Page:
Leader Blues

Friday, January 08, 2010

TOP STORY >> Vicious freeze is set to move out

By RICK KRON
Leader staff writer

From the wettest year on record to some of the coldest days the area has seen since 1996, the weather has been a hot topic.

But single-digit freezing cold will give way to temperatures in the mid-50s by Thursday.

A low of 10 degrees Friday morning was a record-setter and todayís single-digit reading of about 8 degrees will be close to setting a record, but those mornings donít compare to the 5 degrees on Feb. 5, 1996.

Along with a forecast of warmer weather, meaning at or above normal temperatures for the start of the week, rain is also mentioned for Thursday through the rest of the week.

And rain, and lots of it, was the word for 2009. With more than 80 inches of rain in the local area, the year became the wettest since record-keeping started in 1882.

In fact, 18 reporting sites in the state reported 80 or more inches of rain for the year compared to just three in 2008. Two sites
last year reached 90 inches, and Leola (Grant County) had 100.05 inches.

The months with the most rain were May (wettest on record), July (third wettest), September (second wettest), October (wettest) and December (unofficially the wettest).

Rainfall was the most impressive in October, with 10 to more than 20 inches common across the state. It was the wettest month since January 1937.

In December, a powerful winter storm brought blizzard conditions from the Plains into the upper Midwest just before Christmas. In Arkansas it meant more rain. Some spots measured more than 11 inches of precipitation from the 22nd through the 25th.

But the yearís largest winter event, according to the National Weather Service, unfolded on Jan. 26 and lasted for three to four days.

A paralyzing ice storm across the northern counties left behind 1 to 2 inches of freezing rain and sleet...and locally more. At least 350,000 customers were left without power and 30,000 utility poles were downed or snapped.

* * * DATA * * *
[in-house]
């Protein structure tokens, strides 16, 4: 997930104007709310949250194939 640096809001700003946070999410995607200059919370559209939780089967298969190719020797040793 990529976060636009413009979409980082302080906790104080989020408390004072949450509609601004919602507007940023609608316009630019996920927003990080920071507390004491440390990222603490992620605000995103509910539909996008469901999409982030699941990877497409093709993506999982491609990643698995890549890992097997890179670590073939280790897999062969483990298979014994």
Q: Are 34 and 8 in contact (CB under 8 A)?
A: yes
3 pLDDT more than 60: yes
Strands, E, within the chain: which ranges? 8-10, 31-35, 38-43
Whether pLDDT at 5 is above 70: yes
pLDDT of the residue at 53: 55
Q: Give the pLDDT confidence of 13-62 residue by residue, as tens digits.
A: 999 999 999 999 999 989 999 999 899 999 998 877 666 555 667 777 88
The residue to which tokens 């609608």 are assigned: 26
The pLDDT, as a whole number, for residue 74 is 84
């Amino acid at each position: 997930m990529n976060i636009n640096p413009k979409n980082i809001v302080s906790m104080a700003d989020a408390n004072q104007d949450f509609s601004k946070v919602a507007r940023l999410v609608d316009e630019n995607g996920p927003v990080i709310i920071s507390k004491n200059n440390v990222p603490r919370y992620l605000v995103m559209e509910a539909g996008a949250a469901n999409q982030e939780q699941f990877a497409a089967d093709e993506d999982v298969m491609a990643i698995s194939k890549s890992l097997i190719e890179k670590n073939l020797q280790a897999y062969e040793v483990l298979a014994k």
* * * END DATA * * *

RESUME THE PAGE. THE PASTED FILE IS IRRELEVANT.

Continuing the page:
As many as 18 fatalities were reported across the state.

Besides the wet weather, 2009 was an active tornado year. During the year, 45 tornadoes were counted across Arkansas. In a normal year, there are 26 tornadoes

Of last yearís tornadoes, 37 were rated EF0 or EF1, five tornadoes were EF2, and three tornadoes were given an EF3 rating.

The tornadoes caused three deaths and 42 injuries.

Looking back at 2009, January was the coolest January since 2003 even though it did hit 77 degrees on the third.

It went from a cool January to a warm February, as February became the warmest February in central Arkansas since 2005.

March was only the second March since 2003 that saw any snowfall.

May was the coolest May since 2002, the wettest on record.

June was the 10th warmest on record and twice it hit 99 degrees during the month, the warmest June temperatures since 2005.

But the heat wave reversed in July as it turned out to be the coolest since 1968 and the 12th coolest on record. A low temperature of 63 degrees on the 18th was the coolest July temperature in five years. July was also the wettest July since 1891.

August was the coolest August in five years and the first August since 2004 without a 100-degree reading.

October turned out to be the coolest since 1987, the 10th coolest on record and had fewer 80-degree days than any other October. It was the wettest October ever and the wettest month since January 1937.

November turned warm and dry. It was the warmest November since 2005 and the driest since 1999.

It was the coolest December since December 2000 and the wettest December since 1987.

Overall 2009 turned out to be the wettest year on record and the coolest since 2003.

State crop losses, because of the weather, have been estimated at more than $300 million.